I’ev been away for a while now, but i’d like to start this blog up again (as ill probably have more work going into my second year ill need something to procrastinate with). So i’m gonna see what i can come up with and start queuing up some hopefully interesting posts:).
I’m not sure anyones ever tried to do an aquaculture project with sharks before, and it would be quite interesting to see, but also very difficult. One problem i can see is im not entirely sure if your professors/FFA would consider this aquaculture in the first place: aquaculture generally refers to a larger scale of production and raising 3-6 sharks is more like something an aquarist might do.
That’s not to say it can’t be done though, however it would probably be very expensive: depending on wether you can actually get eggs for these sharks in the first place, getting them to hatch isn’t the easiest thing in the world, and the gestation period is between 9-12 months. You’d also need quite a large tank to raise any type of shark and in some cases they will only eat live feed, which is also very expensive to keep up.
If you’re looking to do an aquaculture project raising crustaceans such as crabs or shrimps is very cheap (however time consuming, it could take up to two years to have a fully grown culture). Zooplankton/algae work very well as well & i know that salmon larvae would probably work quite well , and isn’t all too expensive.
I hope that helped, if you have more details about what you actually want to do i’d be glad to help out.
thank you so much!:)
The forgotten fish?
Shark finning is a massive, multi million dollar industry. But there’s another fish that’s more endangered (in fact, the IUCN once described this as one of the most endangered species on earth) that’s also being killed illegally for one small component of its body. Above is the beluga, or Huso huso. Not the whale, but the sturgeon. Growing up to some massive sizes of 1500 kilos and 7.2 meters long (as one specimen caught in 1827) and living for up to 100 years it is also the oldest living family of bony fish. It is hunted for its roe. Beluga caviar is one of the most exclusive and sought after types of caviar, and severe overfishing has caused this beautiful fish to be classified as critically endangered by the IUCN.
Beluga caviar can sell for as much as 10,000$ per kilo depending on the quality, with a special sort (harvested exclusively from females at least a 100 years of age) going for some 25,000$ per kilo.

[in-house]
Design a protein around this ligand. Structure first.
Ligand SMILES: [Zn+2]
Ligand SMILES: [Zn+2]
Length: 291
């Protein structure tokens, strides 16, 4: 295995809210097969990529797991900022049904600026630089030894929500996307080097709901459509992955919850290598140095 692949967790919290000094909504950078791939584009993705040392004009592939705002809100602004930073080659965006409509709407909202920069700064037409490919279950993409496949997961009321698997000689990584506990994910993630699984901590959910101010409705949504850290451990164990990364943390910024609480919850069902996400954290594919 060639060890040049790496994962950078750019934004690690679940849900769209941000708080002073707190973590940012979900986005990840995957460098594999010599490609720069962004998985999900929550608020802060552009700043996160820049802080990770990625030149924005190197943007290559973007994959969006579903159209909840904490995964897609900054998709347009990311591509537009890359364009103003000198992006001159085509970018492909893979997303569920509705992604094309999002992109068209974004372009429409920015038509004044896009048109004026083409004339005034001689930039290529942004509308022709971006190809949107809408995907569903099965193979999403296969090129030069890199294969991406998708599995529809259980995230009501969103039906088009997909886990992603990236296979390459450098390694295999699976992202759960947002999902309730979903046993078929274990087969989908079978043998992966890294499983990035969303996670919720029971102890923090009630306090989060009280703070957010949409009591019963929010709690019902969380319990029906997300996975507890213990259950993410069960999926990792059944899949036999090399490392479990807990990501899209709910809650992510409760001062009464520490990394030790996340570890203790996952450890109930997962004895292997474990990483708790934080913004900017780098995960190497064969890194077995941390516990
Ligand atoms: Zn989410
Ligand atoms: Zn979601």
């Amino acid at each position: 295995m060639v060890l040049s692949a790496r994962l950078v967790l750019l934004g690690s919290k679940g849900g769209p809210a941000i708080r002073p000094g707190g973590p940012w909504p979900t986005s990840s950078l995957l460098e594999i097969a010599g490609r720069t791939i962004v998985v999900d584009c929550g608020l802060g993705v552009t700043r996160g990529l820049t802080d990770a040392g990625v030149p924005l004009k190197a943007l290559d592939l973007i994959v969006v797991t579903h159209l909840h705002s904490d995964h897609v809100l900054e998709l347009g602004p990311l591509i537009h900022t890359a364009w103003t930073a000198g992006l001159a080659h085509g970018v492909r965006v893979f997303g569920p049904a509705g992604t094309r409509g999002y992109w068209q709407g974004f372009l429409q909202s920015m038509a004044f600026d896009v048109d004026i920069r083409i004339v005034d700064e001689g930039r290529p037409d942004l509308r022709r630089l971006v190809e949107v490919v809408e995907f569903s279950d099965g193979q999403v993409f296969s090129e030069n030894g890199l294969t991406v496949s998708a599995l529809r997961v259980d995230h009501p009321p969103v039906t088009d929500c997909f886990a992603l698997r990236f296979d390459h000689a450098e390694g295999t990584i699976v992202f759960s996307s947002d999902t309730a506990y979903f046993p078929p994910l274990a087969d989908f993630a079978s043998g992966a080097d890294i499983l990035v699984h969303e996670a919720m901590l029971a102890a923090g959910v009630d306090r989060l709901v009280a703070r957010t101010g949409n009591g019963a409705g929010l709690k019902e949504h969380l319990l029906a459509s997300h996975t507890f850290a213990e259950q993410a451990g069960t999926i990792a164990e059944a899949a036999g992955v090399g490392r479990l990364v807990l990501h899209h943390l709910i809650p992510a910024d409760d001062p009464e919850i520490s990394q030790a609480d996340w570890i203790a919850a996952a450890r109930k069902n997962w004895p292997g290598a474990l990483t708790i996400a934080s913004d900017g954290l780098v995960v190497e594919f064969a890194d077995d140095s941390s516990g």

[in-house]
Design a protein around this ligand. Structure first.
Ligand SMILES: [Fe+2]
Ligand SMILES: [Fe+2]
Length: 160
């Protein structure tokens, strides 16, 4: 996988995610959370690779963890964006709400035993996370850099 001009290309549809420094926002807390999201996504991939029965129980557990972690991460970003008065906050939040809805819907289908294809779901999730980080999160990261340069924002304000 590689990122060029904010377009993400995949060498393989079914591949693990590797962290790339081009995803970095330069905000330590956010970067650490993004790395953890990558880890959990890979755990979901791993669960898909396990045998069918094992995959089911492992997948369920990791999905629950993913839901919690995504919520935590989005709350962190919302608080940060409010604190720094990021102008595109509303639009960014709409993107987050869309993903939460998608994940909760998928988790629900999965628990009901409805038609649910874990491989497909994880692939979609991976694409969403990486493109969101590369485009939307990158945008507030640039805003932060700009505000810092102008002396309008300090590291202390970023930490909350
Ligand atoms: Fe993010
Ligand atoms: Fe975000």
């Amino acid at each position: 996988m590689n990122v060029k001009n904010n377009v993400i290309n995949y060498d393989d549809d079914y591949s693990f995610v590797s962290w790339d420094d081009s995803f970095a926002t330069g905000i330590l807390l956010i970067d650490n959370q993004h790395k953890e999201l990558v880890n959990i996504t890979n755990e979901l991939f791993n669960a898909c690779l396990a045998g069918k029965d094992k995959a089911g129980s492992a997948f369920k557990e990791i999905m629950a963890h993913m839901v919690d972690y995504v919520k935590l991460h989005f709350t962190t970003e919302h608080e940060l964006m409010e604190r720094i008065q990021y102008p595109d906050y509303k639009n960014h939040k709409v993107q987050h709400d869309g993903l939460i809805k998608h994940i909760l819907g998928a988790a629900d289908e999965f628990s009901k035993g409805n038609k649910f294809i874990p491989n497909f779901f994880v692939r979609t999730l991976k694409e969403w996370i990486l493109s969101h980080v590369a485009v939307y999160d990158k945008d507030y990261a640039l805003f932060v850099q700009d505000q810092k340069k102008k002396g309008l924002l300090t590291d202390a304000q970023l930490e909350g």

Much like the shark, the beluga is an apex predator in its environment, and it would be a shame to see such a beautiful fish disappear.
There’s been a ridiculous amount of buzz lately about this whole Kony 2012 thing, so i decided today that’d i’d finally sit down and watch it today. While i am absolutely blown away and disgusted that what is happening in uganda (or was happening in uganda and now elsewhere according to some sources) is happening, i just can’t help wishing that people always acted like this when it comes to matters like these.
Without sounding all too “environmental warrior”, i just can’t help but to feel sad that with all the amazing documentaries that are out there about the environment, and with all the data that there is to show how utterly we are abusing our earth, why aren’t we making the same effort? After all, that truly affects every single one of us.
We are all really, in one way our another, environmental Joseph Konys. And it needs to stop. So stop it.
Sorry about the long text post, hope someone took some time to read this.
That was a very ocean concerned episode of family guy. I rather liked it.
Just thought i’d also showcase some of the beautiful drawings by Ernst Haeckel of radiolarians and diatoms (left and right respectively).
While we’re being microbiologists, lets also explore the zooplankton. These are radiolarians, they are, if possible, even more intricate and beautiful than diatoms due to to their mineral based skeleton. The feeding manner is quite interesting: Using extensions in their skeleton known as pseudopods, they slowly ingest prey such as diatoms or other small plankton. In some cases however, they have been found to be attached and slowly digesting zooplankton sometimes 1000x larger than themselves (which still isn’t that large, as radiolarians only grow to a max of 300 microns, but still an impressive feat nonetheless)
Things in the ocean that you can’t see, but really should be paying attention to:
Diatoms. One of the most commonly found types of phytoplankton, they’re made up of these incredibly complex silica exoskeletons, which give them their distinctive look. They’re an incredibly important group - alone they’re responsible for something like 40% of marine primary production.
Definitely! I love marine micro organisms, they’re incredibly interesting and beautiful. Coming right up:)
Aand i’m back and posting again. That was an interesting & busy week. Sorry about the lack of recent posting:)
thank you! i definitely will do:)